20 April 2005

Be careful What you Wish for...

Sitting on a plane, I engaged in an interesting dialogue. Usually discussions with athiests, agnostics, objectivists, etc. are pointless for me because our foundational precepts are complete juxtaposed. During this particular conversation the following points intrigued me. The premise went something like this:
Religion is one of the most serious problems of humanity. When someone accepts a deity as more important than his or her life then they will see others as less important. Human life becomes secondary to the belief system,which is where the issues begin. The belief that there are higher beauties than human life is a mistake common not only to religion but also to nationalism and most ideologies such as communism and even extreme environmentalism. In all of these systems a follower becomes willing to sacrifice human life for some higher value.
Before anyone who knows me thinks I've slipped off my rocker, let me be clear I don't really agree with this. After all, the human spirit houses a dynamism capable of carrying any idea to its logical conclusion. The previous premise doesn't reach a sound conclusion. It doesn't allow for the transcendance of life, the effects of altruism or even our basic survival instincts. This is not to say I don't apply proper weight to the fundamental question that premise attempts to answer.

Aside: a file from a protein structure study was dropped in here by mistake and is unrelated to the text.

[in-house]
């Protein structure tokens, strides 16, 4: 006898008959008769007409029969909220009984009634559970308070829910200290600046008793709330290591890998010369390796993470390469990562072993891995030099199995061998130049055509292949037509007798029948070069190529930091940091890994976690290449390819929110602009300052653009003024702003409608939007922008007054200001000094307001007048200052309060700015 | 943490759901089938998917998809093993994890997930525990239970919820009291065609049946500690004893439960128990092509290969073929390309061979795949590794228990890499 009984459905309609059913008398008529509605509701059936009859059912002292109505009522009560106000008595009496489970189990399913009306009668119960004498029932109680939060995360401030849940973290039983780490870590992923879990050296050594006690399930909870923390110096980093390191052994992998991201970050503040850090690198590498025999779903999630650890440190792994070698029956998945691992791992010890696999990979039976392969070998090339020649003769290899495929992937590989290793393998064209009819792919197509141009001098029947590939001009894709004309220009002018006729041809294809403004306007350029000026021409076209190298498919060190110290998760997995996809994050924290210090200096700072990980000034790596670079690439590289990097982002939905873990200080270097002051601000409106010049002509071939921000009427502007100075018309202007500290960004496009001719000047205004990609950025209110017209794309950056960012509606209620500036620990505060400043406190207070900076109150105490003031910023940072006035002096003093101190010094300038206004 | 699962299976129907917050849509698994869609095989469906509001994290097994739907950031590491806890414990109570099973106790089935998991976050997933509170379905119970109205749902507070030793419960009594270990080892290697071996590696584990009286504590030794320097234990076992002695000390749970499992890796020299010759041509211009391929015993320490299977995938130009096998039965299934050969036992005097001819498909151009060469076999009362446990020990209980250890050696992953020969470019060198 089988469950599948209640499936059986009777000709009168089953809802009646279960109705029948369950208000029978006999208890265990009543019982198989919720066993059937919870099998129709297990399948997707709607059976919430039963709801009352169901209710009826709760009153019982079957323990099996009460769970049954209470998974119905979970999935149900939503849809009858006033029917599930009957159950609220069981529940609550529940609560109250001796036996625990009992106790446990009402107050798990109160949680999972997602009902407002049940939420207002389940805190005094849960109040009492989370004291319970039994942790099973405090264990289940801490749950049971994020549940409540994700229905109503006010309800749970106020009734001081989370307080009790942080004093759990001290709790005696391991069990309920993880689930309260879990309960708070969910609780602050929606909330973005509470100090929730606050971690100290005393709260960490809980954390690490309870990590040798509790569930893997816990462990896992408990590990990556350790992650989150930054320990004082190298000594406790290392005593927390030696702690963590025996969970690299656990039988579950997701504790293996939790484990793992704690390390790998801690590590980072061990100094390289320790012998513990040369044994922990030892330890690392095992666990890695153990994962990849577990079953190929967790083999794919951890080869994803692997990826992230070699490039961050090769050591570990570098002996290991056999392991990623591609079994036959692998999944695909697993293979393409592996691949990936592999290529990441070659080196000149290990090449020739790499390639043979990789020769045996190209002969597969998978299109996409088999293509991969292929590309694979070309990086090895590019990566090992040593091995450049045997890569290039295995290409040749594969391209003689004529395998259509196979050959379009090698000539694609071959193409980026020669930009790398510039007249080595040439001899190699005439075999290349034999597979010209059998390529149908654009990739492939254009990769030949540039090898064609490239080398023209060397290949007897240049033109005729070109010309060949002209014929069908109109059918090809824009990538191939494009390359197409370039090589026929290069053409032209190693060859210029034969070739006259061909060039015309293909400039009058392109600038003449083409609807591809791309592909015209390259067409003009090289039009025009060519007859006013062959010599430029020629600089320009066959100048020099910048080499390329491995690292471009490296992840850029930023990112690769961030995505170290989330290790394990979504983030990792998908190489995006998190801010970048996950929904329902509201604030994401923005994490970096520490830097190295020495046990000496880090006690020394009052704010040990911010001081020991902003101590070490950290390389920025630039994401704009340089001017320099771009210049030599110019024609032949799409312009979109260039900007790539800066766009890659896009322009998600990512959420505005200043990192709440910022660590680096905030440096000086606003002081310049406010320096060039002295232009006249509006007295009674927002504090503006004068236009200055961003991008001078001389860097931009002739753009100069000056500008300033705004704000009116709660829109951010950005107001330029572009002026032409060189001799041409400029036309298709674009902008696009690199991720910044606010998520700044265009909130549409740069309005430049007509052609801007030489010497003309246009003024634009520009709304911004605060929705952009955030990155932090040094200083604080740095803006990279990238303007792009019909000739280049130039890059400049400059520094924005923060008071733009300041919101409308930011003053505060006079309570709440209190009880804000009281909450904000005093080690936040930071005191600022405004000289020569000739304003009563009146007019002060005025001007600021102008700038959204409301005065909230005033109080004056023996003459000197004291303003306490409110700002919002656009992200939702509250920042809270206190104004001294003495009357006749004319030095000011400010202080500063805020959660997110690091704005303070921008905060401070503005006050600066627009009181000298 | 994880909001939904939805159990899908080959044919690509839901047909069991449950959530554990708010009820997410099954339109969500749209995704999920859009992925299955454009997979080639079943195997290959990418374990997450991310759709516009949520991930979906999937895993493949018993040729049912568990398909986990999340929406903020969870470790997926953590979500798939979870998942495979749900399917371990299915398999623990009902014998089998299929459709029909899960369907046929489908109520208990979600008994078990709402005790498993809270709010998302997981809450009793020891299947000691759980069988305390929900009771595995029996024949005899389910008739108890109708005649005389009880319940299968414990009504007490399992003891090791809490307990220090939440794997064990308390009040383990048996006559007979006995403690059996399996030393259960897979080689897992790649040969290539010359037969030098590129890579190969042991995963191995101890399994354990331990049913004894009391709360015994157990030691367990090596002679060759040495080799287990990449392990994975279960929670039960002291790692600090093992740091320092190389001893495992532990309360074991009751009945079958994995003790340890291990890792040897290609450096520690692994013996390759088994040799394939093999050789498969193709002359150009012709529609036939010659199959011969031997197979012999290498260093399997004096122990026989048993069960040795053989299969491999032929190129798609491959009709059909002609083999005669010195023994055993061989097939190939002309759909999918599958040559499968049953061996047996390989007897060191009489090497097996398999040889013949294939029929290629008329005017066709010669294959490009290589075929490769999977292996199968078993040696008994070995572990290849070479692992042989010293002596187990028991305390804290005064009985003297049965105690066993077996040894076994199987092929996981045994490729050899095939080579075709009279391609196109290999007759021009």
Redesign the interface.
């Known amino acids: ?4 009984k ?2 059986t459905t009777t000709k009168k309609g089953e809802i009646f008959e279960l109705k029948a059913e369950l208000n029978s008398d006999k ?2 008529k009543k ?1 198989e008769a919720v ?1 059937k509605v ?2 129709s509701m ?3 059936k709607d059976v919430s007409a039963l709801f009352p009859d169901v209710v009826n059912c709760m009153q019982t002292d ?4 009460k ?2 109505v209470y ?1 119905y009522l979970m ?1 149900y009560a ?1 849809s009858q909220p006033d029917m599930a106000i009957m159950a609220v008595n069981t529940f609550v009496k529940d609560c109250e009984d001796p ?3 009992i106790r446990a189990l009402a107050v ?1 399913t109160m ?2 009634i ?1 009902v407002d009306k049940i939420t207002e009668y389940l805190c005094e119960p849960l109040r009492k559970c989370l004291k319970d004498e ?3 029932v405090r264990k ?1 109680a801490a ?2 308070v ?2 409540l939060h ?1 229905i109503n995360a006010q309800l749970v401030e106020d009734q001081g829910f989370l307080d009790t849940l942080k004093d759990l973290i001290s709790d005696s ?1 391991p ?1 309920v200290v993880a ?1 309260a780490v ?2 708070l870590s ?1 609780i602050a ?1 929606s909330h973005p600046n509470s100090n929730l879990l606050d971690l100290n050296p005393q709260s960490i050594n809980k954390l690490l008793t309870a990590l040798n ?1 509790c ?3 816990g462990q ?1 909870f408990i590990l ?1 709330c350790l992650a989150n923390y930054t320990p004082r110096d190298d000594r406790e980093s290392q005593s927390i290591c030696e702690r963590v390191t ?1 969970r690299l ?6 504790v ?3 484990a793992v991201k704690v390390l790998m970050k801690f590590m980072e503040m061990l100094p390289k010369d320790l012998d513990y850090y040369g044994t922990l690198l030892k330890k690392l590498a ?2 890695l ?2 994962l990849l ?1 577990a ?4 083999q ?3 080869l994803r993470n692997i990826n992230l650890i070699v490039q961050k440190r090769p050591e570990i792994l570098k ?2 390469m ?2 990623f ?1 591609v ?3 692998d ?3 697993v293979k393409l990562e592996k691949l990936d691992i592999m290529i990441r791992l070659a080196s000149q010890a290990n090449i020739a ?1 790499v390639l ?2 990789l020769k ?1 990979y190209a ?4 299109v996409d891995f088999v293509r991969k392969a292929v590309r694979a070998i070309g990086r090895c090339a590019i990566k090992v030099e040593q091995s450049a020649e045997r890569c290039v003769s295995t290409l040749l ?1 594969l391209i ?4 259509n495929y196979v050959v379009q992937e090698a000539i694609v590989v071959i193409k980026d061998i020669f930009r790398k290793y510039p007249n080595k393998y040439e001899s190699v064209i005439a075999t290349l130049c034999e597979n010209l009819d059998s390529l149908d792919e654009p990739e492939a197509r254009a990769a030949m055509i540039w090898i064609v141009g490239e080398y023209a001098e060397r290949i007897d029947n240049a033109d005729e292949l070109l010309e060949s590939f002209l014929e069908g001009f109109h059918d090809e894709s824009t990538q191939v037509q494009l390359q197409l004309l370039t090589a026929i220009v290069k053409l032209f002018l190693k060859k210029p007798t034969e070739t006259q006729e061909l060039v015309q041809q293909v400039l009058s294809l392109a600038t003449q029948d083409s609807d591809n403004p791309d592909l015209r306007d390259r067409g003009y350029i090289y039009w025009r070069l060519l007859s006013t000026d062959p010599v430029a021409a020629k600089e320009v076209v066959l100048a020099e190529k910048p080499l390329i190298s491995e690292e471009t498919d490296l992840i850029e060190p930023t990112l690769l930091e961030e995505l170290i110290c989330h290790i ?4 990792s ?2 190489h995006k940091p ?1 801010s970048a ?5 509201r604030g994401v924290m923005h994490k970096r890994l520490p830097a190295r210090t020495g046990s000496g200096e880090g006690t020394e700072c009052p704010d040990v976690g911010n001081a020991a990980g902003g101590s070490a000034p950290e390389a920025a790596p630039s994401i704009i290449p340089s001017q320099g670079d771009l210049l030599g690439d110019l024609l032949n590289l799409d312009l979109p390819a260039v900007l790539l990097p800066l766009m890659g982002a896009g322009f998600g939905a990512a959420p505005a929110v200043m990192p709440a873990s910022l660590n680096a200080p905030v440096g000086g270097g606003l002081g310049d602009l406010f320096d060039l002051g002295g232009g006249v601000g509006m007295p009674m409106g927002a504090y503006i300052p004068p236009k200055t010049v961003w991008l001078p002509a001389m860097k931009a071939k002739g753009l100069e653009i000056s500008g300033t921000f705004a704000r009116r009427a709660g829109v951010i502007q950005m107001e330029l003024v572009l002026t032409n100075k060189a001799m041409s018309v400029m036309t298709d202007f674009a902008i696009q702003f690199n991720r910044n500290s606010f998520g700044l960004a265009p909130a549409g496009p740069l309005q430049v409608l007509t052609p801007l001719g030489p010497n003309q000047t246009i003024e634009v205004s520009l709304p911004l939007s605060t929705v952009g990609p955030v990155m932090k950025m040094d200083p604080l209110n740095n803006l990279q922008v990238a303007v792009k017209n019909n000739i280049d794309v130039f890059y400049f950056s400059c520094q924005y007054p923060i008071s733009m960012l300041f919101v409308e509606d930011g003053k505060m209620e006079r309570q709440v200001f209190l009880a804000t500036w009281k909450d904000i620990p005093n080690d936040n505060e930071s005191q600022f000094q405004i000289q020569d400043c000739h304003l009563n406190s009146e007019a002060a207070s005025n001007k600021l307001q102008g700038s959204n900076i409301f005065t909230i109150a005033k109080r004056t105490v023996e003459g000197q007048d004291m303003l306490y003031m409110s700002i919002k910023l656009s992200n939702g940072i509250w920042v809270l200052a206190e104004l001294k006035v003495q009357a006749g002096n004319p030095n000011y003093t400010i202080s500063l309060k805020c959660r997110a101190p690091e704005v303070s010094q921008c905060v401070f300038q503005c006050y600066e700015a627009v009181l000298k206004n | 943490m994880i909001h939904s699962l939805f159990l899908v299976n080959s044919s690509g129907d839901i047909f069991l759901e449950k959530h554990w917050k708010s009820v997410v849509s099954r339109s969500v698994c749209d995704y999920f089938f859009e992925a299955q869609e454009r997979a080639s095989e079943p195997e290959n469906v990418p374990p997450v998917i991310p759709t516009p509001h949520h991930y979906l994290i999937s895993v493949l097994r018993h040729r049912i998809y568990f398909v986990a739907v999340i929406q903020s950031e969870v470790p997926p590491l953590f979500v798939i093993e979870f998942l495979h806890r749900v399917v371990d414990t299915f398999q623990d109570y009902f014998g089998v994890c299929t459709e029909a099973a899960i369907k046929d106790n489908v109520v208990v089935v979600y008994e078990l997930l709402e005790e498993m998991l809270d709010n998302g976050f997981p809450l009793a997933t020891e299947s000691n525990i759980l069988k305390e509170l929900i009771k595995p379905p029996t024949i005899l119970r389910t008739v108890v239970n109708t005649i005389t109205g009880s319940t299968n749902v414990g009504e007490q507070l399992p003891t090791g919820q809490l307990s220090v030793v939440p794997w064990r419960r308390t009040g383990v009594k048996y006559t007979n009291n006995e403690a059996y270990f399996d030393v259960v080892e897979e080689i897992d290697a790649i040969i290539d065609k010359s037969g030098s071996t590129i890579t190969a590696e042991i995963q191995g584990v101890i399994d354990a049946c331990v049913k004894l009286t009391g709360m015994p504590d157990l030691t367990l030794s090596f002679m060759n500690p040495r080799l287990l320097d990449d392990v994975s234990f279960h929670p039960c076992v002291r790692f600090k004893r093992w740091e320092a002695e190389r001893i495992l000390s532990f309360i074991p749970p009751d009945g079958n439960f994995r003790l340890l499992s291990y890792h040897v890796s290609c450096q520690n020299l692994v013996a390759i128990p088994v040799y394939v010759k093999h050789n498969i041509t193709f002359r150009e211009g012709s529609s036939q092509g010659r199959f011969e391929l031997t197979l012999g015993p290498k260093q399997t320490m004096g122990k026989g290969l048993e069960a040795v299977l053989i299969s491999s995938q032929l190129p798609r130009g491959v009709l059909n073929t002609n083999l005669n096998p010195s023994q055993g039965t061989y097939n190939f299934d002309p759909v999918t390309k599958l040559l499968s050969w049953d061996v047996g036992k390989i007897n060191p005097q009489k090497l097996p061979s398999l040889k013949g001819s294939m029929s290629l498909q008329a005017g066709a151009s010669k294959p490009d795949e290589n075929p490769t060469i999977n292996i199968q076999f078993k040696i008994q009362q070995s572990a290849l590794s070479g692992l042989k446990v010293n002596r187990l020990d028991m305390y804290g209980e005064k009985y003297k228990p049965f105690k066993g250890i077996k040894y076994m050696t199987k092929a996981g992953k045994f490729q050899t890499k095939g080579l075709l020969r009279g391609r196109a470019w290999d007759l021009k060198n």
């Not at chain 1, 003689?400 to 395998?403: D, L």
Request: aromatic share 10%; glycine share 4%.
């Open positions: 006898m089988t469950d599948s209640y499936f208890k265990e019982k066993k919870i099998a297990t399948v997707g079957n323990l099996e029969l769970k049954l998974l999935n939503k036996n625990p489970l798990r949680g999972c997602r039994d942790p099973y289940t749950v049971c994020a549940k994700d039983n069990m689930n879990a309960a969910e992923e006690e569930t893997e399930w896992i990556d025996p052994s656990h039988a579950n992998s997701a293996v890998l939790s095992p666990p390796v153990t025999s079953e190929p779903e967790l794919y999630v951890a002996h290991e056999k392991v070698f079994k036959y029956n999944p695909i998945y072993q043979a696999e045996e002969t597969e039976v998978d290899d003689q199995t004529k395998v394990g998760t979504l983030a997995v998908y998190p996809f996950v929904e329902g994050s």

Can it be reasonable for someone to profess that they put freedom first while also binding themselves to a system of theological notions about where we come from, what we are, and how we ought to live? It is precisely this quandry that has motivated many liberals to regard religion with intense suspicion, if not outright hostility.

What I found insightful is that this is such an age-old debate and yet I continue to be surprised by the twists and turns it may take. Locke viewed the law of reason, a moral law that he regarded as both universal and objective, as an expression of God’s eternal order. He argued that religion, no less than reason, taught toleration. Alexis de Tocqueville contended liberal democracy in America was dependant on the strength of the nations religious faith. Hegel offered that a liberal state is Christianity realized in secular and political form.

How many movies have we seen where the moral espoused by the protagonist is that life is only worth living for things that are being than ourselves? Prosaic and naive, but endearing because of a basic affinity with our own thoughts. In some way, we all want to believe in the bigger and better. The higher calling, the moral compass. At our most human we strive to fight against the influence of our own freewill via the exercise of our conscience. That self-imposed check and balance system where we consider the inherent rightness of a thing, the of our actions with the world around us.

Why must those who struggle with their belief in something outside themselves, also pull so completely away from this most basic facet of human distinction? Why give up even a part of your humanity in a desperate bid to ensure your independance? The end result of independance is isolation and loneliness. If you find yourself truly free, will you suddenly realize how little you actually wanted freedom?

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